On Monday, I went to Stanford Law School for a debate about the Goldstone Report, the UN report on the Israeli-Hamas armed conflict in the Gaza Strip and Southern Israel.

A few hours before the debate, I went to the developmental optometrist’s office and I had a super difficult task of making my favorite clown single after seeing him in double. As a result of doing this, the single clown was not as crisp as he should have been.

It was extremely tiring and difficult, but I could feel my left eye moving inwards. I was straightening my eyes. I seemed fine as I went home, changed my clothes and got ready to go to Stanford for the debate from lawyers who supported and were opposed to the report about Israel’s and Hamas’ violations of international human rights and war laws.

Instead of paying attention to the details of the report, I was opening up my falafel ball and staring at the texture of the mashed up chick peas. I had seen the insides of many falafel balls in the past but I had never found them so fascinating. I had to laugh at myself internally that I was interested more in the falafel than in the discussion.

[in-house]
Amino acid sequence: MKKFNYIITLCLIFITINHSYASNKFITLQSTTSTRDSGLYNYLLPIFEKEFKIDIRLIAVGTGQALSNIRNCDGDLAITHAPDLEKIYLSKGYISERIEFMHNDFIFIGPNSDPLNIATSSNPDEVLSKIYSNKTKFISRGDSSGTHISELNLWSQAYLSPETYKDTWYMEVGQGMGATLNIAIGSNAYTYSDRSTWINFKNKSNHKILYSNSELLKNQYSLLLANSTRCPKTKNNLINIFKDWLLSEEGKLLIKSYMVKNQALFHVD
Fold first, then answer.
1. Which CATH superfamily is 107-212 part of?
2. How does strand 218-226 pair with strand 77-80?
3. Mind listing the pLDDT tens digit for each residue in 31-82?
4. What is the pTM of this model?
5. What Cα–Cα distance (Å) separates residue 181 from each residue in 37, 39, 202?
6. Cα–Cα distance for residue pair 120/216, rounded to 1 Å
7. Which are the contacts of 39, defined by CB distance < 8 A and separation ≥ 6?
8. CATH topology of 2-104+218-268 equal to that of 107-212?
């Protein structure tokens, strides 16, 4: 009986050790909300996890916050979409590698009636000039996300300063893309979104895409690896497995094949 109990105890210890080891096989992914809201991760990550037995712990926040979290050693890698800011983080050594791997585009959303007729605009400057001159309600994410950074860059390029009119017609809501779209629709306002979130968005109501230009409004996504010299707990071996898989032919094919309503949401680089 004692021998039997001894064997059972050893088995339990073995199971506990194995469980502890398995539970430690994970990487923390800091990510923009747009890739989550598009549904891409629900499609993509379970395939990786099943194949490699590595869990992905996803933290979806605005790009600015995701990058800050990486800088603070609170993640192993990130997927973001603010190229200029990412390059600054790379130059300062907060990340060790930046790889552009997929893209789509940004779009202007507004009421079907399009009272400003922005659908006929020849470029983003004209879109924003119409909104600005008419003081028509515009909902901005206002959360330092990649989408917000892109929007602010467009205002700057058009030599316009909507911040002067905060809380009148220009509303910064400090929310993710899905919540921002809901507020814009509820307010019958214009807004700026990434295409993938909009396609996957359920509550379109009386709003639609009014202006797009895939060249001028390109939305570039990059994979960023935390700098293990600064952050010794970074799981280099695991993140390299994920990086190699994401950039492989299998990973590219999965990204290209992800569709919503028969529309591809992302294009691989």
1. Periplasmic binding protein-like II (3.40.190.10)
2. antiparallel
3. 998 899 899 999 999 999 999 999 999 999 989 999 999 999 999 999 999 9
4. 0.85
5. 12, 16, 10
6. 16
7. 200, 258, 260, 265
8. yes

When I looked up to see the speakers, I saw them in double. To see them singularly, I did the same thing as with the clown and I saw the speaker less clearly than when I saw him or her in double. I had to close one eye, look away, take off my glasses or divert my gaze somehow to not get confused by the double image.

I have another session today and I will go home and relax after the therapy and not go to any event to avert any problems.

One response »

  1. When I went back to the optometrist, I learned that I wasn’t supposed to see the clown blurry when single. So I had made such an effort to see him single that when I got to the Stanford Law School event, my eyes were super tired because I’d been doing the wrong thing at the doctor’s office.

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